While the Office of Research and Engineering was not getting the budget that it really needed, it was able to develop machines that helped to handle the increasing mail flow without getting bogged down in mail. The small advances were not enough, as the Department discovered in 1966 when the Chicago Post Office essentially shut down after became backlogged with mail. The Chicago backlog spilled into other cities’ post offices, causing a nation-wide mail disruption and bringing the problem of mail processing to national attention.

International Cooperation
The Post Office Department looked beyond U.S. boarders for ideas. Postal officials traveled to various countries to see how they were handling their mail. Some of the countries that postal officials visited included Canada, Belgium, the Netherlands, the United Kingdom, and Germany.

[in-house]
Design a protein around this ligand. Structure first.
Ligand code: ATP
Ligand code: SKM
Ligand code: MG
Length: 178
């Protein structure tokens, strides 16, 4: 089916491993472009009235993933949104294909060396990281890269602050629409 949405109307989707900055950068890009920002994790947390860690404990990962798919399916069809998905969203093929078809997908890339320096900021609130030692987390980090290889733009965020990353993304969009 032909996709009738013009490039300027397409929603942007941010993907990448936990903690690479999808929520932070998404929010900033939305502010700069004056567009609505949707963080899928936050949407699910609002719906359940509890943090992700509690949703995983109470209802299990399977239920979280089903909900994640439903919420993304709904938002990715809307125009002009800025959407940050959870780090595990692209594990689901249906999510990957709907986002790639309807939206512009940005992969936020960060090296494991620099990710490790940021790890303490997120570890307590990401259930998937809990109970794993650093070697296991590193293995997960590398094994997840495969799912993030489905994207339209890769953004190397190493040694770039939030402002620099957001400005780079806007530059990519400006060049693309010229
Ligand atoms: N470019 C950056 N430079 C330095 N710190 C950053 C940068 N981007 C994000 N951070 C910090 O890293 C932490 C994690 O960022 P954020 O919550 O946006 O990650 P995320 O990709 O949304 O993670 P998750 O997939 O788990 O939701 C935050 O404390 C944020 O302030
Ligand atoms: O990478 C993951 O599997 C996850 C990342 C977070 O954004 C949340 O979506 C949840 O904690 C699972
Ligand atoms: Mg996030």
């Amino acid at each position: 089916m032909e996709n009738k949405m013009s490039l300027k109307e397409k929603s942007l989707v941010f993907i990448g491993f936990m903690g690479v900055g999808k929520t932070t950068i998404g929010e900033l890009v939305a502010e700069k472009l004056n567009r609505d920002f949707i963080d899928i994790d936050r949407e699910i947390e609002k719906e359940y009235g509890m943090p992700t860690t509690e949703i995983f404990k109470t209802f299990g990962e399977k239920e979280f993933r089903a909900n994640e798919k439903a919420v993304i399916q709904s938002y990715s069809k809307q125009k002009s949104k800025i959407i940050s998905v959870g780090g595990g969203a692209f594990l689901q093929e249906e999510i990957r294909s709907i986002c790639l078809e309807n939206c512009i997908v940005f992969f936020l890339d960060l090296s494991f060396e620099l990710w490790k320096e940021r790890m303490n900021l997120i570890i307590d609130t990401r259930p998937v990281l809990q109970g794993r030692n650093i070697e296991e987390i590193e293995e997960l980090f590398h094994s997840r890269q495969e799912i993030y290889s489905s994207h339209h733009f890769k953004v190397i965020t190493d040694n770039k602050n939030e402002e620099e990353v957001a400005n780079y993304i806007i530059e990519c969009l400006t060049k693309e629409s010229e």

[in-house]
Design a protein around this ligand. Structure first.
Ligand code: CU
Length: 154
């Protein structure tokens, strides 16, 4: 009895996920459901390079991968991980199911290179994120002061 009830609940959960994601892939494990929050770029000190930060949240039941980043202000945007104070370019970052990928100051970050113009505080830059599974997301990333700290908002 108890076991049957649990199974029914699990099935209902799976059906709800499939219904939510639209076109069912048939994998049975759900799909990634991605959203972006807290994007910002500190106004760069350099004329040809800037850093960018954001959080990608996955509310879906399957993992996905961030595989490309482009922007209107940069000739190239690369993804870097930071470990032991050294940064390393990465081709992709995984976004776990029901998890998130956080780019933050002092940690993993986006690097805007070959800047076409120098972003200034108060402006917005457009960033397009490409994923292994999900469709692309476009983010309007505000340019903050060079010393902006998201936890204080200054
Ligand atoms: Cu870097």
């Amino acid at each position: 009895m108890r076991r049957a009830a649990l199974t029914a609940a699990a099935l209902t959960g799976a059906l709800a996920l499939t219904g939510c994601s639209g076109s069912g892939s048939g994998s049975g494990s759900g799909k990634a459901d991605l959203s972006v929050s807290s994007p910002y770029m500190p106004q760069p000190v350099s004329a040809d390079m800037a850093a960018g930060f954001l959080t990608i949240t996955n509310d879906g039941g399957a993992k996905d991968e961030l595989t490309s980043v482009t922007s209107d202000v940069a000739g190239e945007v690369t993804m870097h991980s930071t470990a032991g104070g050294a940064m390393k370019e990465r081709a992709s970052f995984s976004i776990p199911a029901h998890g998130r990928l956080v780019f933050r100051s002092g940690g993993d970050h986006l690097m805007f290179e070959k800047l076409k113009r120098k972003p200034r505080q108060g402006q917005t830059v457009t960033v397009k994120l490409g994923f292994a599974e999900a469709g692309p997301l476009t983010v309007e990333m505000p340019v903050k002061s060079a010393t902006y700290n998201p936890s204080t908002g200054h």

The POD was especially interested in the electronic sorting devices being developed in other countries. Postal officials visited Belgium and the Netherlands to see their electronic sorters, but found that the machines might be challenged by the vastly larger mail loads in the United States as they did in their home countries.(15) The Post Office Department became especially interested in the Canadian postal system, creating a connection to share developments. Friendships between countries’ postal organizations continued, with “exchanging technical information through international exchange programs, studies of technical literature, and visits between the United States, Canada, and Europe by postal engineers and other professional postal representatives of the various countries.”(16)